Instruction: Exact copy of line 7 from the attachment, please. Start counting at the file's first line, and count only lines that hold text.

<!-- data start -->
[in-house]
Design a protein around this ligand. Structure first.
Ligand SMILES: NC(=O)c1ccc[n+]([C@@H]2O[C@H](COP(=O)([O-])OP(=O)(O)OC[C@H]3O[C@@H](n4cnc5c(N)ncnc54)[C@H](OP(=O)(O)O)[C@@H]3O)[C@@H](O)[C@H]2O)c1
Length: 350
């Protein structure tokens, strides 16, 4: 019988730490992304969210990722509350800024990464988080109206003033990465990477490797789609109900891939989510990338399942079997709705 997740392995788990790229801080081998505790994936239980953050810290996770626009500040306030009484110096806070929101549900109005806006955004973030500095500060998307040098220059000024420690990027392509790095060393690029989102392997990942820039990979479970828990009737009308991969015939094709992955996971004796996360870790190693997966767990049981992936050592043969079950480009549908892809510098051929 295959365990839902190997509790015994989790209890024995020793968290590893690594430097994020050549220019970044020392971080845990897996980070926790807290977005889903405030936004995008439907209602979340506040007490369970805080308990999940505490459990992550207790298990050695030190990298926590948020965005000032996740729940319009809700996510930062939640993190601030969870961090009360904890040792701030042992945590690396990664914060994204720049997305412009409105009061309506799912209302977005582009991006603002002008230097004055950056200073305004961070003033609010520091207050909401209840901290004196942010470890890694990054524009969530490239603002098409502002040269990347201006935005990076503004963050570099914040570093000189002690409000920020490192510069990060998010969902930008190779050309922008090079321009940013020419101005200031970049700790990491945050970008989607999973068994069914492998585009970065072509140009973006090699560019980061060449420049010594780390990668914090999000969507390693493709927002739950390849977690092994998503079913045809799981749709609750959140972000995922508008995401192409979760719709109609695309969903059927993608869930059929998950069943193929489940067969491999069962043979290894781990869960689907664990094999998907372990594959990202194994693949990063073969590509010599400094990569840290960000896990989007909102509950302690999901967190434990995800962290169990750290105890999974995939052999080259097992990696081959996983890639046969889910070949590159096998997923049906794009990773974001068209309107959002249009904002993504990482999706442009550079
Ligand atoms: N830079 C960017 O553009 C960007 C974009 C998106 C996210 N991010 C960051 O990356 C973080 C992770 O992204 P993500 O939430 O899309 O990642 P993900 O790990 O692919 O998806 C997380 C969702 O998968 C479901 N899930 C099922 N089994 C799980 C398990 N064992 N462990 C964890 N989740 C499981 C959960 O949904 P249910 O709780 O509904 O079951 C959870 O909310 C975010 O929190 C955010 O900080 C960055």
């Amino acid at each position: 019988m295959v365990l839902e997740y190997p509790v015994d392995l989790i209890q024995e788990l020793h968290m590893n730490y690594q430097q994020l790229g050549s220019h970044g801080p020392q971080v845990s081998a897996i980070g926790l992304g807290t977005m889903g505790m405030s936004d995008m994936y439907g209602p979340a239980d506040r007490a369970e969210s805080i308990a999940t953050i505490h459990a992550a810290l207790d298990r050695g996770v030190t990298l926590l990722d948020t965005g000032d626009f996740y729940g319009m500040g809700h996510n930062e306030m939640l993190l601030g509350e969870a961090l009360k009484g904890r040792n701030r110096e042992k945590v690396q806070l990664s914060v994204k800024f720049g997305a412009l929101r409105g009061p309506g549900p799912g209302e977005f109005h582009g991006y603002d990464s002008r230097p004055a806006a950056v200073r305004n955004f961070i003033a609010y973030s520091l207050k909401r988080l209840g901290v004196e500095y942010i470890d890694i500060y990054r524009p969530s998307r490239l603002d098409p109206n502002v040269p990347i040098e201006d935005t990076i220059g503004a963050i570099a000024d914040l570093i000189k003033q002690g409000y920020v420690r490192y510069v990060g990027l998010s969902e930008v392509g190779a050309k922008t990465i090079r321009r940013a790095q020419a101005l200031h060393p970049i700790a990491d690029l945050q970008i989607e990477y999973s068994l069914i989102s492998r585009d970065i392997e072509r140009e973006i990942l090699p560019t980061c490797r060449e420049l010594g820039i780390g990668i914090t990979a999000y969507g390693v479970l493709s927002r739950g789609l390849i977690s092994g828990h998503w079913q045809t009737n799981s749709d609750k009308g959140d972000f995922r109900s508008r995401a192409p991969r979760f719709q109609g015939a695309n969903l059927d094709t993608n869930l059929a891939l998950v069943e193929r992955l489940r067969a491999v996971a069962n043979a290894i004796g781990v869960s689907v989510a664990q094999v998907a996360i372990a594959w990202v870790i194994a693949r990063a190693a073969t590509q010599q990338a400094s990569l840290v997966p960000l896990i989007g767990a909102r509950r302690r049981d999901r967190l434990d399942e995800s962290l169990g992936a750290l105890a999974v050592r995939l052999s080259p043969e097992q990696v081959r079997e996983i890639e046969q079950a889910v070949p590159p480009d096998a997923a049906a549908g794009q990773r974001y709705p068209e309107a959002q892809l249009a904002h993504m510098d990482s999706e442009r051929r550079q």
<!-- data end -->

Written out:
């Amino acid at each position: 019988m295959v365990l839902e997740y190997p509790v015994d392995l989790i209890q024995e788990l020793h968290m590893n730490y690594q430097q994020l790229g050549s220019h970044g801080p020392q971080v845990s081998a897996i980070g926790l992304g807290t977005m889903g505790m405030s936004d995008m994936y439907g209602p979340a239980d506040r007490a369970e969210s805080i308990a999940t953050i505490h459990a992550a810290l207790d298990r050695g996770v030190t990298l926590l990722d948020t965005g000032d626009f996740y729940g319009m500040g809700h996510n930062e306030m939640l993190l601030g509350e969870a961090l009360k009484g904890r040792n701030r110096e042992k945590v690396q806070l990664s914060v994204k800024f720049g997305a412009l929101r409105g009061p309506g549900p799912g209302e977005f109005h582009g991006y603002d990464s002008r230097p004055a806006a950056v200073r305004n955004f961070i003033a609010y973030s520091l207050k909401r988080l209840g901290v004196e500095y942010i470890d890694i500060y990054r524009p969530s998307r490239l603002d098409p109206n502002v040269p990347i040098e201006d935005t990076i220059g503004a963050i570099a000024d914040l570093i000189k003033q002690g409000y920020v420690r490192y510069v990060g990027l998010s969902e930008v392509g190779a050309k922008t990465i090079r321009r940013a790095q020419a101005l200031h060393p970049i700790a990491d690029l945050q970008i989607e990477y999973s068994l069914i989102s492998r585009d970065i392997e072509r140009e973006i990942l090699p560019t980061c490797r060449e420049l010594g820039i780390g990668i914090t990979a999000y969507g390693v479970l493709s927002r739950g789609l390849i977690s092994g828990h998503w079913q045809t009737n799981s749709d609750k009308g959140d972000f995922r109900s508008r995401a192409p991969r979760f719709q109609g015939a695309n969903l059927d094709t993608n869930l059929a891939l998950v069943e193929r992955l489940r067969a491999v996971a069962n043979a290894i004796g781990v869960s689907v989510a664990q094999v998907a996360i372990a594959w990202v870790i194994a693949r990063a190693a073969t590509q010599q990338a400094s990569l840290v997966p960000l896990i989007g767990a909102r509950r302690r049981d999901r967190l434990d399942e995800s962290l169990g992936a750290l105890a999974v050592r995939l052999s080259p043969e097992q990696v081959r079997e996983i890639e046969q079950a889910v070949p590159p480009d096998a997923a049906a549908g794009q990773r974001y709705p068209e309107a959002q892809l249009a904002h993504m510098d990482s999706e442009r051929r550079q």